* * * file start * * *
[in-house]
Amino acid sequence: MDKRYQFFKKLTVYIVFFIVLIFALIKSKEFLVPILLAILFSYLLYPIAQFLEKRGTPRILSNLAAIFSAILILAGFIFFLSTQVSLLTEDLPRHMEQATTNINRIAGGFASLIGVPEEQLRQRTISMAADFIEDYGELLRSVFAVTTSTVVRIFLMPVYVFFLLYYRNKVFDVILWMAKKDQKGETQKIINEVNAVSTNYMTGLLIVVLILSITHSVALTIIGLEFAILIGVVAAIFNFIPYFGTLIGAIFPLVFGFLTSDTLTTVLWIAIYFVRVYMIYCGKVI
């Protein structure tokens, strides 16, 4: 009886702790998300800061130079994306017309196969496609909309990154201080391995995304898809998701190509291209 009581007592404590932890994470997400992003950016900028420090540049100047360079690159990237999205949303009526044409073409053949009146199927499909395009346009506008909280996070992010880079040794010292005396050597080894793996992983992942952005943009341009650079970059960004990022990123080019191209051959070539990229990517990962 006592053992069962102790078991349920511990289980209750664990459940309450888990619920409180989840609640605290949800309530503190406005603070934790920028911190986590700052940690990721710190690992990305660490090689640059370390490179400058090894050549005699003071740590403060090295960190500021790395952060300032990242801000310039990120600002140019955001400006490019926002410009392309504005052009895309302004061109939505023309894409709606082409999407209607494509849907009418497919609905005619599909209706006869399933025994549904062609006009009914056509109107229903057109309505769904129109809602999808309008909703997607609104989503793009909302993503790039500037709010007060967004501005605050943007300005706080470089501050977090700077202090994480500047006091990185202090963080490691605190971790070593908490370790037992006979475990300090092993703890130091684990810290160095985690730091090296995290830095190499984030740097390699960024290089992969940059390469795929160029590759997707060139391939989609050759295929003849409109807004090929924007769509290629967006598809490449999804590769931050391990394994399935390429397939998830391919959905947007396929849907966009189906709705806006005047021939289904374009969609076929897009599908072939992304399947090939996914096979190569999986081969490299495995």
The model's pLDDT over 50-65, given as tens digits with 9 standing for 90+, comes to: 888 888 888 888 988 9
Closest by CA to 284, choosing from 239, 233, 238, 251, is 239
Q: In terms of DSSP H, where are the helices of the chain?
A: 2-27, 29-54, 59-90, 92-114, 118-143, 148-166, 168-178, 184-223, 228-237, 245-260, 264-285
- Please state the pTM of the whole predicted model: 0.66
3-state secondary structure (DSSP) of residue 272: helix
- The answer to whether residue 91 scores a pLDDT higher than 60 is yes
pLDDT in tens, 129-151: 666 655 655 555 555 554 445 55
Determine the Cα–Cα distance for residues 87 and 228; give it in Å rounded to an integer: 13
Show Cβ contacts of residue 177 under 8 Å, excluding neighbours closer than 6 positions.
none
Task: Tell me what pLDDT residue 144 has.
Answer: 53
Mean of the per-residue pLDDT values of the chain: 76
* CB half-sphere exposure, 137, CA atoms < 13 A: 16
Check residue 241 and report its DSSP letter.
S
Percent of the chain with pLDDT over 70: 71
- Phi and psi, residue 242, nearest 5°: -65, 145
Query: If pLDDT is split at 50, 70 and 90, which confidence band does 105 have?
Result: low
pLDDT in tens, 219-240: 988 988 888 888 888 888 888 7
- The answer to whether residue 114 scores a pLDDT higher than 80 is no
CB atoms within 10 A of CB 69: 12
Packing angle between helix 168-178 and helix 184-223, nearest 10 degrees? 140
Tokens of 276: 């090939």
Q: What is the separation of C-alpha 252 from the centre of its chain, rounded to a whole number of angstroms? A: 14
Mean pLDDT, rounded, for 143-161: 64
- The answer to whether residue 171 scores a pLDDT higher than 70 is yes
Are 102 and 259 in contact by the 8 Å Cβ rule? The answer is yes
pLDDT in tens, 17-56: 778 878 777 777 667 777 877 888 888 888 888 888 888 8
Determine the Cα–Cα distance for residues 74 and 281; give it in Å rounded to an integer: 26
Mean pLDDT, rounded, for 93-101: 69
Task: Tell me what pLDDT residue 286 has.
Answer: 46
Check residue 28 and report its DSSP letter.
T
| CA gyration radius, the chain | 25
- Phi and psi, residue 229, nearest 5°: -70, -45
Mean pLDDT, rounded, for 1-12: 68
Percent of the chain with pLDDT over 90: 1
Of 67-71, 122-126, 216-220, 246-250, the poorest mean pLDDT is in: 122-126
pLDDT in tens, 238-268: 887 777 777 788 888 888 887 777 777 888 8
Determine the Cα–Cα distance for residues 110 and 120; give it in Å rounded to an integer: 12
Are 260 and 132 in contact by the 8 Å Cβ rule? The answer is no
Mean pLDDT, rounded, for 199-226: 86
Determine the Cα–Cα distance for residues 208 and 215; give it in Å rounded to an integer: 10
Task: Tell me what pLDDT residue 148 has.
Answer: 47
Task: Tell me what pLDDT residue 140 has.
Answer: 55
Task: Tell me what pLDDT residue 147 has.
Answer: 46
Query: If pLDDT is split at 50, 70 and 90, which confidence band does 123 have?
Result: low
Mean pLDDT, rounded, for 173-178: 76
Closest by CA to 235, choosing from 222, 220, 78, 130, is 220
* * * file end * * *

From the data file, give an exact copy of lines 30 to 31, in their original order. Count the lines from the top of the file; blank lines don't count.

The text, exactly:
Q: What is the separation of C-alpha 252 from the centre of its chain, rounded to a whole number of angstroms? A: 14
Mean pLDDT, rounded, for 143-161: 64